So there's two fundamental perspectives on how we end up with the lives we have. One is that "life is something that happens to you; it's largely beyond your control." And the other is "life is something you create; you are responsible for the life you currently have." I don't buy the first one. That's probably no surprise--after all, I wouldn't be a life coach if I believed the level of richness and fulfillment in our lives was beyond our control.
But though I don't agree with it, I do understand the first perspective. For all of us, every day holds a LOT of circumstances that are beyond our control. We get sick. We hit traffic. We get pressure from the boss. Our child struggles with behavioral problems. We break a leg. We don't get the promotion. And yada yada yada we all know the drill. But (and it's a big but) not being able to control your circumstances is not the same thing as not being able to control the quality and richness of your life. Why? Because the quality of life isn't measured by what happens to us externally...but rather by how we choose to respond to and dance with those external "beyond our control" events. How you respond to your circumstance, what you create from what you are given, is totally up to you. And it's in your response that the rich, full life you were made for is created or denied.
So, pushing circumstance aside for a moment, let's assume the second perspective is actually correct...that you created the life you are currently living. Think about the current level of stress in your life. The current level of fun or joy. The current degree of busyness. Assuming you have (either intentionally or inadvertantly) created all of this--why do you suppose you designed your life the way it is now? What are getting out of it? What is the big benefit to you? I promise, there are some powerful pay offs present for you, or else your life would be different.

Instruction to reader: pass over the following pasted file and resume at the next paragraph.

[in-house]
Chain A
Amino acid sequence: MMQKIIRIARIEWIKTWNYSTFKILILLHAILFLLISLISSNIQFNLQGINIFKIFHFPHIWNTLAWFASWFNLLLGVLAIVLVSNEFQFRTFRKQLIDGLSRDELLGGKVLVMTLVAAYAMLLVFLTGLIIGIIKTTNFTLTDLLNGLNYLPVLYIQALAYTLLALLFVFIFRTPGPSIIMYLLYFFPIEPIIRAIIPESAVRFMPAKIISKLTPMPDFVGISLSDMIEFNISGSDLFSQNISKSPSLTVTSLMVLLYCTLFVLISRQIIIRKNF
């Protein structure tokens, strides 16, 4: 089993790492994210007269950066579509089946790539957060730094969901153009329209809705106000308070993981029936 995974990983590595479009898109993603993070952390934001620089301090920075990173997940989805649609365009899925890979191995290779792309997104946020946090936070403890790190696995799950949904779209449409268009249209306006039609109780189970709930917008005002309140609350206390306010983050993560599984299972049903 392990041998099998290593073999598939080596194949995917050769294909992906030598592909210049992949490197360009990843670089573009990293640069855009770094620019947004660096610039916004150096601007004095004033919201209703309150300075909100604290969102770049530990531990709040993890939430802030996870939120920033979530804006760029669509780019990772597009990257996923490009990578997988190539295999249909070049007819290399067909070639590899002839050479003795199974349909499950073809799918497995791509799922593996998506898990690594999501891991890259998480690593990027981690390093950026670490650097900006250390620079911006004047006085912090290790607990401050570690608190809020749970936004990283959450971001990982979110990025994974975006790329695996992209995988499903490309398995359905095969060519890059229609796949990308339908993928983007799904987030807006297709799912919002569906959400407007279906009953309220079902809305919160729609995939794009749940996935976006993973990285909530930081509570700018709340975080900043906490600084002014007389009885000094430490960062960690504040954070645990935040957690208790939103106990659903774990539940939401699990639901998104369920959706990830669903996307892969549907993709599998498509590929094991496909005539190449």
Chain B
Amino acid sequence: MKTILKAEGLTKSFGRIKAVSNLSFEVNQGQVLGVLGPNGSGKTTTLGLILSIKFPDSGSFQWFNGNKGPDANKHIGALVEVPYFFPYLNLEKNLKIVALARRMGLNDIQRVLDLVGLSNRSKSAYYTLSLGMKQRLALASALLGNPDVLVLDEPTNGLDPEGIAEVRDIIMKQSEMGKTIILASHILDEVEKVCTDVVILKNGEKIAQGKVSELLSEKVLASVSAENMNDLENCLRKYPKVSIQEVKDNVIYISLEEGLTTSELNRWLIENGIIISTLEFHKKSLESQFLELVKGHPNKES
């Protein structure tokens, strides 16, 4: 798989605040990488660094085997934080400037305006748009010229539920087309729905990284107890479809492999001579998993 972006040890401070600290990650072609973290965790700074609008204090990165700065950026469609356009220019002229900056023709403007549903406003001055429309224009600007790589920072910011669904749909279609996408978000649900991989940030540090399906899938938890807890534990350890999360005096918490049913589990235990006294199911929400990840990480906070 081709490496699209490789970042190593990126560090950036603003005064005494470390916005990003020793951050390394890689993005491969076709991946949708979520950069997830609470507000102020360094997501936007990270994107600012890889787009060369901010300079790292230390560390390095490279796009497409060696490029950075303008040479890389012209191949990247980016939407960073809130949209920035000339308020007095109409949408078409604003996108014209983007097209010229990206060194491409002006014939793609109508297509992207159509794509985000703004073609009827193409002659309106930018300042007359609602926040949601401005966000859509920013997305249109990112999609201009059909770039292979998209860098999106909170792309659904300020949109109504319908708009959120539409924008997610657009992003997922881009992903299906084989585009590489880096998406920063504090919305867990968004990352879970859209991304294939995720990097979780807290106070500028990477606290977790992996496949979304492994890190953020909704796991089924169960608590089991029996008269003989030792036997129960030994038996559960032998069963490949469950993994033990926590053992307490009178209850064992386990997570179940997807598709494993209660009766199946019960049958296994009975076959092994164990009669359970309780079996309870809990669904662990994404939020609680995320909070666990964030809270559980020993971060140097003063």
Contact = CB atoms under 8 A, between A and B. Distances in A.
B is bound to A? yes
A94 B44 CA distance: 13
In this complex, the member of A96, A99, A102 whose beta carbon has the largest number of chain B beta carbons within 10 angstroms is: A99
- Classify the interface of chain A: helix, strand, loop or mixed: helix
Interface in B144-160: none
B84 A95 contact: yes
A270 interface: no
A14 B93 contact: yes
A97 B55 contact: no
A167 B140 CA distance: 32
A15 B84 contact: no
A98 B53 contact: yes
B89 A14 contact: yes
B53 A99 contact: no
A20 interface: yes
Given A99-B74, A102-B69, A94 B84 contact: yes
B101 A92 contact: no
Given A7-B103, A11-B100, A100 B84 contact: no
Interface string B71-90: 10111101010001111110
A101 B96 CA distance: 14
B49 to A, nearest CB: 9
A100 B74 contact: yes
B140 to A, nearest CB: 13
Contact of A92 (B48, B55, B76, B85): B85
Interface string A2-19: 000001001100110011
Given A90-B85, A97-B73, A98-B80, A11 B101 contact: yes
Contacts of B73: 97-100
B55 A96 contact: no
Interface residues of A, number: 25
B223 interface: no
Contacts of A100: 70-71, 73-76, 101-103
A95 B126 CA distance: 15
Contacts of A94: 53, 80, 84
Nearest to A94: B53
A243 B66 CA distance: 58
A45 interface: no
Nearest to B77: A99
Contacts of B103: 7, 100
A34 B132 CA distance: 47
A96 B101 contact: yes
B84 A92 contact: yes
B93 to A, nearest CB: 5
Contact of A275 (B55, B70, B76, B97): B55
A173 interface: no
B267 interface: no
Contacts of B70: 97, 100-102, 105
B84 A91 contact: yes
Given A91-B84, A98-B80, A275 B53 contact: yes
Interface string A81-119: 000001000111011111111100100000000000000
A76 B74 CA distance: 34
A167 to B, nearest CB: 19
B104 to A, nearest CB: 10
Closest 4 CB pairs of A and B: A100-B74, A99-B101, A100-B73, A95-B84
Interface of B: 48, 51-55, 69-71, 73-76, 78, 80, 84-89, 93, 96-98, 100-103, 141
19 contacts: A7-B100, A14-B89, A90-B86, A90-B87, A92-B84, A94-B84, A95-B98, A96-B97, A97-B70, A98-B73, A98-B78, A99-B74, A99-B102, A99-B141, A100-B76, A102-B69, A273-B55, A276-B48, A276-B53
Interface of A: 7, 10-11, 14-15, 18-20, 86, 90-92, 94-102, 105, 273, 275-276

For example, let's say your life is a flurry of activity. Your brain typically goes 90 to 100 mph and you spend your day zipping like a humming bird from one thing to another. You often feel overwhelmed and wonder why your life is so hectic. -- You could say that "hectic" is the water you swim in. Why do you suppose you are choosing to swim in that particular pool?
Or maybe you are a stress junkie. Work, wife, baby, car, bills, church duties, neighborhood duties, yard work, and so on and so on. Perhaps on some level you hate being so stressed, and yet something about it sucks you in--again and again, like a drug habit you can't quite kick. What is all this stress doing for you? What's the pay off?
If you are not quite living the rich, full life you want...or are even living a completely different life from the one you want, look to the thing (the payoff, the fear of..., the "rush") that is fueling your decision to create the life you have. Naming that payoff (or those payoffs) is the key to understanding how you got where you are, and (even better) how to move from where you are to where you want to be.
Experiences and your fear of engagement
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